Seattle Opioid Epidemic Solutions

Opioid Epidemic

The opioid epidemic is a very personal issue for me.  My brother, cousin, and several other family members are active heroin addicts or are dead from an overdose.  This is an issue that has devastated too many families throughout our nation.  I am committed to doing everything we can to effectively reduce devastation immediately and to build the systems to help our addicted loved ones recover.

Many are pushing the opening of drug injection sites.  However, these sites lack the ability to scale to the size of our epidemic and they never contemplated the deadly effects of Fentanyl. Today we have over 23,000 opioid addicts who inject on average 3 times per day.  This means we have 69,000 injections/day happening in King County.  The two drug injection sites will only be able to monitor 500 injections/day in total.  This means 68,500 injections will still take place outside of these sites.  This does nothing to solve the problem.

The other issue proponents of drug injection sites are not talking about is that there are lengthy waits to get into detox and rehab.  King County has steadily slashed both the funding and a number of beds available for detox and rehab.   Proponents will tell you that drug injection sites are good at making referrals to detox and rehab, but we do not have these facilities readily available.  This must change. We need to first build out our detox and rehab capacity to where there are no lines and our addicted neighbors can get immediate access to these facilities, before ever contemplating drug injection sites.






Furthermore, Fentanyl has proven far more deadly than anyone ever contemplated.  Today, Vancouver, British Columbia is seeing record spikes in both opioid overdoses and opioid deaths.  While they might be able to monitor people on the inside of the facilities, the sad reality is most are dying on the streets outside the facility.  They simply cannot scale up to the size of their epidemic, nor can we.










  • Provide immediate access to detox and rehab centers and the supply of treatment beds.  We must build out capacity.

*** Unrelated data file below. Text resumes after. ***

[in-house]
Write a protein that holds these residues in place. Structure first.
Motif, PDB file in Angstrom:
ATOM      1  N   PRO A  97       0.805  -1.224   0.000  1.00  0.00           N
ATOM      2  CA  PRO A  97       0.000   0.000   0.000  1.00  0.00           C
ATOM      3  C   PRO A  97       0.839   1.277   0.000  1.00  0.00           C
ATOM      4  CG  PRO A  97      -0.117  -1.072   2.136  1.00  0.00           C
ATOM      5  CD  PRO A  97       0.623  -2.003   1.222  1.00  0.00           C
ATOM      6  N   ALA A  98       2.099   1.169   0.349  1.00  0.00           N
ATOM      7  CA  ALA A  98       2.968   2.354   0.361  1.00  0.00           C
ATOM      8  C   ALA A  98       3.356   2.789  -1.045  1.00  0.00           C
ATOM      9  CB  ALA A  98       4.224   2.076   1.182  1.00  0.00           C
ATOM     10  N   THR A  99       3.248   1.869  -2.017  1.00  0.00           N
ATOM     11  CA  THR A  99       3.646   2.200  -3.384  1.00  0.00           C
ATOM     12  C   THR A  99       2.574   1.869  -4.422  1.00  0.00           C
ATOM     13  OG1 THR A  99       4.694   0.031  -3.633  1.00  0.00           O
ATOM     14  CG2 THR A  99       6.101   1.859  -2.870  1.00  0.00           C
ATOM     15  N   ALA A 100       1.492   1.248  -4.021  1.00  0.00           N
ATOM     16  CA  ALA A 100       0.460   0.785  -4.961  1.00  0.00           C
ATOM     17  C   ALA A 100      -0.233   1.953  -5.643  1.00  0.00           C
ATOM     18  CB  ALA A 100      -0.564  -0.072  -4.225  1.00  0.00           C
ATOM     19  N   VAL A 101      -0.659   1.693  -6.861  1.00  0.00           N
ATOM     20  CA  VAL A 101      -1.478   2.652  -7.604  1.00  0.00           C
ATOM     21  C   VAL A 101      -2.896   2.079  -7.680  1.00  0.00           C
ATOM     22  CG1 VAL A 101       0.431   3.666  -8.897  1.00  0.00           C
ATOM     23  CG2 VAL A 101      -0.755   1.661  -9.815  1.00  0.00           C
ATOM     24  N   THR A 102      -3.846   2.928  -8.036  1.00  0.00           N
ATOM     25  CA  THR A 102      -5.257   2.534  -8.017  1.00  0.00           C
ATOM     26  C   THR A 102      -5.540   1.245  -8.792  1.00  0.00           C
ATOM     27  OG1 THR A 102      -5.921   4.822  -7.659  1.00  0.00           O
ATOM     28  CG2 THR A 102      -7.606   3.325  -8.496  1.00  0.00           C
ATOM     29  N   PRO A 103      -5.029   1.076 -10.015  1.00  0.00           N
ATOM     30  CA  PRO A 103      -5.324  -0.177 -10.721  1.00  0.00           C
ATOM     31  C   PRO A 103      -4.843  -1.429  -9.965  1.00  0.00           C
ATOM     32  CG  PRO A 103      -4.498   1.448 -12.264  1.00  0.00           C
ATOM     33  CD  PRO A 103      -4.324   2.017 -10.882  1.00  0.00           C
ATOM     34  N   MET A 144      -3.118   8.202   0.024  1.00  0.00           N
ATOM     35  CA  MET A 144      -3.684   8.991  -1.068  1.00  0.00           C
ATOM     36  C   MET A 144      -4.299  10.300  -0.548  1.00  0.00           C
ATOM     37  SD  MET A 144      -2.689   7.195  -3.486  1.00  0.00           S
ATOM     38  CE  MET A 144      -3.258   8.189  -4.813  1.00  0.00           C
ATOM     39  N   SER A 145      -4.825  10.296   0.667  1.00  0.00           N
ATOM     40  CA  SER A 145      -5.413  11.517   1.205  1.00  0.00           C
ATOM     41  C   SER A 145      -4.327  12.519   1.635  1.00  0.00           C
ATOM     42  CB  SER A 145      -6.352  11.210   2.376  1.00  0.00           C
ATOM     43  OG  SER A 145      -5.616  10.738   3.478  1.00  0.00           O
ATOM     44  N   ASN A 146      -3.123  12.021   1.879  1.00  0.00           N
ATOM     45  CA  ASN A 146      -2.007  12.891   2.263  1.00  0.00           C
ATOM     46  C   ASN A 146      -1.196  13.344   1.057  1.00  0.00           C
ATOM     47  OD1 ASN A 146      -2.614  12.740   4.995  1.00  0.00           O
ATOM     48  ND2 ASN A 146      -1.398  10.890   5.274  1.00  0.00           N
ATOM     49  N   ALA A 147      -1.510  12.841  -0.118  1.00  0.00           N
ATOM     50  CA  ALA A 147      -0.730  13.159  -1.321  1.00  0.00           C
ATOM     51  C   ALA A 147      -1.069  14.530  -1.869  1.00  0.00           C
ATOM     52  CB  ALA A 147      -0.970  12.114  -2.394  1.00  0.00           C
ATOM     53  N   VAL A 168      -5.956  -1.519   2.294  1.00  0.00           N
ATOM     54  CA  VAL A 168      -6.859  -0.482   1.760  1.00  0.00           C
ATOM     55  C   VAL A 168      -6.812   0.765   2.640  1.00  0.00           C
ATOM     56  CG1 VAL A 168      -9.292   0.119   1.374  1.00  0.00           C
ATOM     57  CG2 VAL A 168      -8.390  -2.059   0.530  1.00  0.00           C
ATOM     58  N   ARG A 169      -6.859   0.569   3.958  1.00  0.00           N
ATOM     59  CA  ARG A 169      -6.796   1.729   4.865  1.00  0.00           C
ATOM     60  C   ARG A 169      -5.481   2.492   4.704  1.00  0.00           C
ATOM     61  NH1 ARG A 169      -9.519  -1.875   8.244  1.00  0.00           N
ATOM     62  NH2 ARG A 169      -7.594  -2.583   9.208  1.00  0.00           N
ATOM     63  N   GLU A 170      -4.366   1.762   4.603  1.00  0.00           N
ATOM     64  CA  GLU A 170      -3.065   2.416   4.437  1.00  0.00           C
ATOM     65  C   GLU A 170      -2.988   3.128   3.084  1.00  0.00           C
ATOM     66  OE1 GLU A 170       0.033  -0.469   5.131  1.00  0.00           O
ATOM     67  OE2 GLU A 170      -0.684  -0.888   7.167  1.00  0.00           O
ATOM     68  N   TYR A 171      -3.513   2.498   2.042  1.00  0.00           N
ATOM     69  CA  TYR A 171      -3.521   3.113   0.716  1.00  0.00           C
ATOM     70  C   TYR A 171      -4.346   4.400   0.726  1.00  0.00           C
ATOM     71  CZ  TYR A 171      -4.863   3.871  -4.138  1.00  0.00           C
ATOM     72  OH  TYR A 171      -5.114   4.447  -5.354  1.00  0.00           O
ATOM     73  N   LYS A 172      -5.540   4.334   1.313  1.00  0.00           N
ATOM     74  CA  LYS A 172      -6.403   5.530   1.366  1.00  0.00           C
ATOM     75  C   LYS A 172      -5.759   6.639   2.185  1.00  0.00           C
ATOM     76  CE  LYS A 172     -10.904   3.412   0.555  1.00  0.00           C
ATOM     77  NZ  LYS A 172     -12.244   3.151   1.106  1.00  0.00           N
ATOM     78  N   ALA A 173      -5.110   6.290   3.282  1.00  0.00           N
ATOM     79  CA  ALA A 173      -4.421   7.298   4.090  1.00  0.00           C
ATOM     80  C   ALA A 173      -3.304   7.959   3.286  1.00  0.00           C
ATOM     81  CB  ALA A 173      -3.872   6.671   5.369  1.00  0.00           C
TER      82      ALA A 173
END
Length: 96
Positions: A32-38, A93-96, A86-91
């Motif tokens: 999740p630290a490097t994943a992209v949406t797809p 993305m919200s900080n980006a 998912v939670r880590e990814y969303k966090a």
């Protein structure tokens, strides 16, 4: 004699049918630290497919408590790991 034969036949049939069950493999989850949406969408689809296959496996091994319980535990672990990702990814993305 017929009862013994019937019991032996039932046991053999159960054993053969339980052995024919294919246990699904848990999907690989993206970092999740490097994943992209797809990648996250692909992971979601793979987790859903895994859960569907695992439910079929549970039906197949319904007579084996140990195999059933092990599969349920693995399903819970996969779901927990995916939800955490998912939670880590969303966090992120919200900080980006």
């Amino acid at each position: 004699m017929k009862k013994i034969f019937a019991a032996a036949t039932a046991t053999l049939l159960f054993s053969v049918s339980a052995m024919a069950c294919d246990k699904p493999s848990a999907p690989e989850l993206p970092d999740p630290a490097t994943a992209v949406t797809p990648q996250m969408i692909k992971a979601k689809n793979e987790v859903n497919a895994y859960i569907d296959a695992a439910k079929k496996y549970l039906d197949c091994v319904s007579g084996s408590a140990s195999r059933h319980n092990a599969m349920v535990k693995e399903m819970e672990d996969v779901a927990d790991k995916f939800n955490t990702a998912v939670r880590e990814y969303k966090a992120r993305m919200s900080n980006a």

• Fund wide-spread training and distribution of Naloxone and require the carrying of Naloxone by:
    • All opioid addicts (when possible)
    • Provide training for family members and friends of opioid addicts.
    • All fire fighters
    • All police
    • All social workers
    • All homeless contractors
    • All nurses and doctors
    • Encourage the public to become trained. This is the CPR training of today.
  • Fund through public-private partnership, the development of an overdose mobile app that provides training, the ability to buy Naloxone, and an overdose alert button. All people who have downloaded this app will receive an alert to any overdoses near them with the location.
  • All police, fire department, social workers, and homeless contractors will have the ability to make referrals to any shelter, detox, rehab center, mental health facility, or other services to aid the homeless through a hub and spoke coordinated care system.
  • Fight to expand drug courts so we can compel those suffering from opioid addiction to go through treatment, avoid jail time and a criminal record, and recover and become a fully functioning citizen.
  • Mobile Suboxone, Methadone, and/or Vivitrol vans to better reach addicts in our community. These vans will provide immediate referral services to detox and rehab.
  • Measuring the outcomes of Suboxone, Methadone, and Vivitrol to determine which have the best results.
  • Push the State to require that insurance companies cover detox and rehab with their coverage.
  • Pass law to reduce opioid prescription lengths for 5 – 7 days for all non-chronic illnesses/injuries.
  • Push the state to expunge felony drug convictions and/or crimes induced by addiction for NON-VIOLENT offenses who have been sober for 3 years. All too often addicts feel a sense of despair when they have been labeled felons for life.  We must reform our criminal justice system so it does not perpetuate criminal behavior.

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